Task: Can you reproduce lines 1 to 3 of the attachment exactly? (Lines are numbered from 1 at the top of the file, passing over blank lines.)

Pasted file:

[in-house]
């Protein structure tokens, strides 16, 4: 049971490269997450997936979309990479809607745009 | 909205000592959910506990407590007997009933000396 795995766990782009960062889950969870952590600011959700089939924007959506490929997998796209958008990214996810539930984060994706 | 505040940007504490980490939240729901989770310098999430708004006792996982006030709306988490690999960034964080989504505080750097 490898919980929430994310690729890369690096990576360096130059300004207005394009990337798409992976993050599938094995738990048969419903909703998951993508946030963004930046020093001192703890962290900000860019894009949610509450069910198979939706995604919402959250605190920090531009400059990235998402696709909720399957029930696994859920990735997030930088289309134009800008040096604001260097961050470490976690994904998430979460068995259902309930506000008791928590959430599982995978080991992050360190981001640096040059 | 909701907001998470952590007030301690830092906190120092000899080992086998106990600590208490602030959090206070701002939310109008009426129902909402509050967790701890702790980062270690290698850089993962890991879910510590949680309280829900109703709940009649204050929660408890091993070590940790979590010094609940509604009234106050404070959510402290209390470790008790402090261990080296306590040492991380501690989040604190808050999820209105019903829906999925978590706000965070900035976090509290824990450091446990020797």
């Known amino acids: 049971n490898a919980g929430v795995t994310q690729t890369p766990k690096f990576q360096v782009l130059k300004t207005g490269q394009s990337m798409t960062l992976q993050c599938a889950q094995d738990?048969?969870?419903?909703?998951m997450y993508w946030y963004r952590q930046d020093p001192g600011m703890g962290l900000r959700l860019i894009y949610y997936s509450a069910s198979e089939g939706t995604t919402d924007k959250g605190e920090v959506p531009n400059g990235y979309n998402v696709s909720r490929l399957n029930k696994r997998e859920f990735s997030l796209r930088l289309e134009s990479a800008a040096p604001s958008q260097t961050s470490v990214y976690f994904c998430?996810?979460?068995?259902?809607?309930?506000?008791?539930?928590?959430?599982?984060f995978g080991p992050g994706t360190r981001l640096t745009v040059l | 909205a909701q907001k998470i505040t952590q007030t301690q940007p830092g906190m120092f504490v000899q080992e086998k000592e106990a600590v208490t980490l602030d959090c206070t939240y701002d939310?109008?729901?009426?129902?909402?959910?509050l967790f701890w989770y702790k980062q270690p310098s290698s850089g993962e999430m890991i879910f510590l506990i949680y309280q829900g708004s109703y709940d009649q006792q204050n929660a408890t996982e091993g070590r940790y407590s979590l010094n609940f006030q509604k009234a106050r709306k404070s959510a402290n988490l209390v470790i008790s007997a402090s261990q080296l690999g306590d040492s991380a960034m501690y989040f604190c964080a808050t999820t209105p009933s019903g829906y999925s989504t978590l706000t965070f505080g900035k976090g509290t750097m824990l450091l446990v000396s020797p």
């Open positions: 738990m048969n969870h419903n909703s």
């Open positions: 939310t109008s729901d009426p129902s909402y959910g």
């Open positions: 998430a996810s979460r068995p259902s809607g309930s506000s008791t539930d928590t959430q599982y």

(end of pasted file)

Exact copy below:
[in-house]
């Protein structure tokens, strides 16, 4: 049971490269997450997936979309990479809607745009 | 909205000592959910506990407590007997009933000396 795995766990782009960062889950969870952590600011959700089939924007959506490929997998796209958008990214996810539930984060994706 | 505040940007504490980490939240729901989770310098999430708004006792996982006030709306988490690999960034964080989504505080750097 490898919980929430994310690729890369690096990576360096130059300004207005394009990337798409992976993050599938094995738990048969419903909703998951993508946030963004930046020093001192703890962290900000860019894009949610509450069910198979939706995604919402959250605190920090531009400059990235998402696709909720399957029930696994859920990735997030930088289309134009800008040096604001260097961050470490976690994904998430979460068995259902309930506000008791928590959430599982995978080991992050360190981001640096040059 | 909701907001998470952590007030301690830092906190120092000899080992086998106990600590208490602030959090206070701002939310109008009426129902909402509050967790701890702790980062270690290698850089993962890991879910510590949680309280829900109703709940009649204050929660408890091993070590940790979590010094609940509604009234106050404070959510402290209390470790008790402090261990080296306590040492991380501690989040604190808050999820209105019903829906999925978590706000965070900035976090509290824990450091446990020797």
């Known amino acids: 049971n490898a919980g929430v795995t994310q690729t890369p766990k690096f990576q360096v782009l130059k300004t207005g490269q394009s990337m798409t960062l992976q993050c599938a889950q094995d738990?048969?969870?419903?909703?998951m997450y993508w946030y963004r952590q930046d020093p001192g600011m703890g962290l900000r959700l860019i894009y949610y997936s509450a069910s198979e089939g939706t995604t919402d924007k959250g605190e920090v959506p531009n400059g990235y979309n998402v696709s909720r490929l399957n029930k696994r997998e859920f990735s997030l796209r930088l289309e134009s990479a800008a040096p604001s958008q260097t961050s470490v990214y976690f994904c998430?996810?979460?068995?259902?809607?309930?506000?008791?539930?928590?959430?599982?984060f995978g080991p992050g994706t360190r981001l640096t745009v040059l | 909205a909701q907001k998470i505040t952590q007030t301690q940007p830092g906190m120092f504490v000899q080992e086998k000592e106990a600590v208490t980490l602030d959090c206070t939240y701002d939310?109008?729901?009426?129902?909402?959910?509050l967790f701890w989770y702790k980062q270690p310098s290698s850089g993962e999430m890991i879910f510590l506990i949680y309280q829900g708004s109703y709940d009649q006792q204050n929660a408890t996982e091993g070590r940790y407590s979590l010094n609940f006030q509604k009234a106050r709306k404070s959510a402290n988490l209390v470790i008790s007997a402090s261990q080296l690999g306590d040492s991380a960034m501690y989040f604190c964080a808050t999820t209105p009933s019903g829906y999925s989504t978590l706000t965070f505080g900035k976090g509290t750097m824990l450091l446990v000396s020797p």